Keeping Hindi Alive

Posted on: 17/12/2009

An army of translators and Hindi officers in the department of official language (DOL) under the home ministry keep themselves busy translating reams of government material, bringing out journals and newsletters meant to promote the use of Hindi for official purposes of the union. Eight regional offices have also been established to monitor the implementation of the official language policy. There is also a retinue of people who expand administrative glossary by finding Hindi equivalents for commonly-used English terms. Never mind the fact that even Hindi speakers might find the English terms more familiar.

The Official Language Resolution of 1968 adopted by Parliament stated that “concerted measures should be taken for the full development” of all the languages under the Eighth Schedule of the constitution, besides Hindi, as it was necessary for “the educational and cultural advancement of the country” .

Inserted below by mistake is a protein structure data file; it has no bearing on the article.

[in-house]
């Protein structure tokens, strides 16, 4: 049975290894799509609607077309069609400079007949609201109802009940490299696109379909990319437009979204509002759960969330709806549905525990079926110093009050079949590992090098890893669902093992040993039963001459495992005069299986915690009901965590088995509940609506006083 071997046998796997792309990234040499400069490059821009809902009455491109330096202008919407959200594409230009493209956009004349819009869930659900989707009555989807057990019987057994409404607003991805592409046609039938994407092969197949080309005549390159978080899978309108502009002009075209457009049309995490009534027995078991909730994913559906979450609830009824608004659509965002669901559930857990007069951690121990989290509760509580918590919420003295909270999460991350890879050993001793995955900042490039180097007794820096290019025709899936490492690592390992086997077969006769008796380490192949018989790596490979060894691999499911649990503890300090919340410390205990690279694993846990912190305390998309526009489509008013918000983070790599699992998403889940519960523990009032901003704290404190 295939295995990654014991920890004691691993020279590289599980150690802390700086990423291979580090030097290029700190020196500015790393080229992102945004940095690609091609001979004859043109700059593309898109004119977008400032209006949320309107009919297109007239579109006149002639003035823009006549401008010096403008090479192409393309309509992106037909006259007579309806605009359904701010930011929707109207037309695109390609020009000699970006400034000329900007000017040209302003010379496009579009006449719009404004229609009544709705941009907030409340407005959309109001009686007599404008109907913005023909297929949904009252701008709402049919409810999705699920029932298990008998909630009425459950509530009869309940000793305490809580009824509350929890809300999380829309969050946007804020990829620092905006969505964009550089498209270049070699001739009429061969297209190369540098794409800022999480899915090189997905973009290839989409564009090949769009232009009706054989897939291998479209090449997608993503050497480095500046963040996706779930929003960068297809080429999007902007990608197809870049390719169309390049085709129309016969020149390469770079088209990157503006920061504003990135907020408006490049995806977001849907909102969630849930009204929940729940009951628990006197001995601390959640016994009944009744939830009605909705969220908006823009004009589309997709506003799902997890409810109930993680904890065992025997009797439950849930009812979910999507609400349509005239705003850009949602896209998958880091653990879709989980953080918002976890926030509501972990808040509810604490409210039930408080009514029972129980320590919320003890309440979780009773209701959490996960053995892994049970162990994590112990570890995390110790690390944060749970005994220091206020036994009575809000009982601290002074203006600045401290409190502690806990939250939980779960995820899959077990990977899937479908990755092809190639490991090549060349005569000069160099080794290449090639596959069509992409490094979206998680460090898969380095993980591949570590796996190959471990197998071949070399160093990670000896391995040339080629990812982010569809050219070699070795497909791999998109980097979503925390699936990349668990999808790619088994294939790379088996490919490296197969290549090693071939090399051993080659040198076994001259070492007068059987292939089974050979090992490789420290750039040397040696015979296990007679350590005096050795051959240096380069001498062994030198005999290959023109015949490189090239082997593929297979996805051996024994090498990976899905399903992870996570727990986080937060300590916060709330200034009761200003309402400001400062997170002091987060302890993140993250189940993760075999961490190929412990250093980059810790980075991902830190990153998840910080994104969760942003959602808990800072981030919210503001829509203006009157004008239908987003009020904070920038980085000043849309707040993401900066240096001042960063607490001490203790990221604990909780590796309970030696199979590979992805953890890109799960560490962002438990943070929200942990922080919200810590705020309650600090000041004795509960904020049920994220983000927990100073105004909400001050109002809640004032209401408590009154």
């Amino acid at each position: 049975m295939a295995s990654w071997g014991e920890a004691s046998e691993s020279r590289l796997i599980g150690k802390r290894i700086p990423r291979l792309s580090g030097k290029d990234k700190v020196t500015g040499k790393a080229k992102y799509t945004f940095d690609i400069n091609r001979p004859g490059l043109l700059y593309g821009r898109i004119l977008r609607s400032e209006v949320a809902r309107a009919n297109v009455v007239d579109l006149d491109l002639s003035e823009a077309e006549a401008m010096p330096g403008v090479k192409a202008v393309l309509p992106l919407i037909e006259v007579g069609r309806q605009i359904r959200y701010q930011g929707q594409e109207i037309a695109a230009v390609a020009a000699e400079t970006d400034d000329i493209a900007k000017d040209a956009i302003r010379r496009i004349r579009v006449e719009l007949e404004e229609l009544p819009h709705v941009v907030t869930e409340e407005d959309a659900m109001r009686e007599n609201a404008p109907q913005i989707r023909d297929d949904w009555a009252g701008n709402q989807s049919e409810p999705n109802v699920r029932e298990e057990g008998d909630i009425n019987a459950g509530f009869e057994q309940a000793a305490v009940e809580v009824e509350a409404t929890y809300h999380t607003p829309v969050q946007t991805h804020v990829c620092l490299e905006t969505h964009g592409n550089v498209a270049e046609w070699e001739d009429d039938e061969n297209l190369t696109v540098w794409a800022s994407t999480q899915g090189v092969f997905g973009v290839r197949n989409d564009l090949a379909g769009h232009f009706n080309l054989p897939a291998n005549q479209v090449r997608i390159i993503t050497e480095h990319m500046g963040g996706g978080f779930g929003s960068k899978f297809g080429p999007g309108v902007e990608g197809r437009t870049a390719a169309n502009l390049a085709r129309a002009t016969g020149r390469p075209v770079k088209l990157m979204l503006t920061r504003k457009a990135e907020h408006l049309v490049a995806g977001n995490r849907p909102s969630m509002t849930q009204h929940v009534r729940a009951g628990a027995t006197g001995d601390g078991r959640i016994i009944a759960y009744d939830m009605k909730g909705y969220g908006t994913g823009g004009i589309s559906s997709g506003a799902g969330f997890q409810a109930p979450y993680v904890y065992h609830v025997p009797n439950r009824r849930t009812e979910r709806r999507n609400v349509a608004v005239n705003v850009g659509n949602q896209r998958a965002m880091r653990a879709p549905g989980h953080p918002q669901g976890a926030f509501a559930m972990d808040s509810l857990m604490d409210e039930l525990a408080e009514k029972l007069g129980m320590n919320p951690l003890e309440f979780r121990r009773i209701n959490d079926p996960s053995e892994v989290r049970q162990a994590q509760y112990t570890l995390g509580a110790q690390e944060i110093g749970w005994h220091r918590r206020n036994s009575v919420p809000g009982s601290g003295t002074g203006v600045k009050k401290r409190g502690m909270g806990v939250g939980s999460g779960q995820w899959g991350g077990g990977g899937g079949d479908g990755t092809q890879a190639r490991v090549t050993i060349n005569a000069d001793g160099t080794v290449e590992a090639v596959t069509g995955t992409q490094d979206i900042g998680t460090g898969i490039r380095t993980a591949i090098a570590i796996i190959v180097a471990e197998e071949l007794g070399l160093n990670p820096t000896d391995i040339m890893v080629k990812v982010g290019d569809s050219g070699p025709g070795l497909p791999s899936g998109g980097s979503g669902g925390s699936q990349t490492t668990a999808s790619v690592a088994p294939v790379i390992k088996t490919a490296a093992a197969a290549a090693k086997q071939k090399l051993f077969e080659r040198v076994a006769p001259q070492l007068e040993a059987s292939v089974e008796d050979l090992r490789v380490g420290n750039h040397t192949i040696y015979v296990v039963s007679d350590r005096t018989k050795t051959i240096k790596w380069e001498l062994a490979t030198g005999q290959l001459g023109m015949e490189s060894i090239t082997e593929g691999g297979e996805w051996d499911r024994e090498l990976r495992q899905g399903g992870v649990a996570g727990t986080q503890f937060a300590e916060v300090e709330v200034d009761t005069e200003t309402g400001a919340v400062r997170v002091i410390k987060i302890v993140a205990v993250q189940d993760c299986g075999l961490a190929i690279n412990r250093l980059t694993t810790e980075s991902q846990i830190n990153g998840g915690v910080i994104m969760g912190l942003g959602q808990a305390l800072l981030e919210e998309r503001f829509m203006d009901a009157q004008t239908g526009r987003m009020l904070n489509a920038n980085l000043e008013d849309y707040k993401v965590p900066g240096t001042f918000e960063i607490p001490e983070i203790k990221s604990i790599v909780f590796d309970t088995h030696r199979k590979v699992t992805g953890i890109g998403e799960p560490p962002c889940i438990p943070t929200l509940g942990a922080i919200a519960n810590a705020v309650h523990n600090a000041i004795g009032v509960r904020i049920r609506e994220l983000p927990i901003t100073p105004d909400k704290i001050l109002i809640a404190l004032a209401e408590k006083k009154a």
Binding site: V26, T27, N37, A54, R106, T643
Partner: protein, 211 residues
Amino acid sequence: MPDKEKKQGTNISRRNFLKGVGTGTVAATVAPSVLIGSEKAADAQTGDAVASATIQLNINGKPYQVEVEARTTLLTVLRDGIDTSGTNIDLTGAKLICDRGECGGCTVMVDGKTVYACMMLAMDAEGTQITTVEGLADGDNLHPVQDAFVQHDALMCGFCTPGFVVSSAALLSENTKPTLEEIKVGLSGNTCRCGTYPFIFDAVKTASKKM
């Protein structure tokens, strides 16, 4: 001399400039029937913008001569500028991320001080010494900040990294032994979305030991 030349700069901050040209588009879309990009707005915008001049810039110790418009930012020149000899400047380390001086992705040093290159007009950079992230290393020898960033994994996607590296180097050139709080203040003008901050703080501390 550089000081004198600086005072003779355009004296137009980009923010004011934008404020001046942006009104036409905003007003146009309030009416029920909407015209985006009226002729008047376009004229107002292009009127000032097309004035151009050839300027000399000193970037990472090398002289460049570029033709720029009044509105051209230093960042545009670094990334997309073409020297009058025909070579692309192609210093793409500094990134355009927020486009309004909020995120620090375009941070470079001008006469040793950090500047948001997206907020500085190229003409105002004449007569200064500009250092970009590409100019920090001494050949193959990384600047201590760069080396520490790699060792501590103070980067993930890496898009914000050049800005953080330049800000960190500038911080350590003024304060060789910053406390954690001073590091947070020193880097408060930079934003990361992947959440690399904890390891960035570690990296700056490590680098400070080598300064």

“The reality is that no language gets even a tenth of the budget that Hindi gets. Even our embassies have courses teaching Hindi, but no other languages. The Centre funds innumerable seminars and events for Hindi. There is hardly any funding for other languages,” points out Prof V Arasu, head of the department of Tamil in Madras University.

“All that the people in Hindi divisions do is harass officers insisting that they sign their names in Hindi, keep tabs on how many letters you write in Hindi and so on. They spend their time putting up name plates and sign boards in Hindi even in non-Hindi speaking states. What sense does that make?,” asks an exasperated civil servant. “Such partiality to Hindi ignoring other languages in a country that claims to be multilingual is bound to cause heartburn,” says a government employee from a non-Hindi speaking state.


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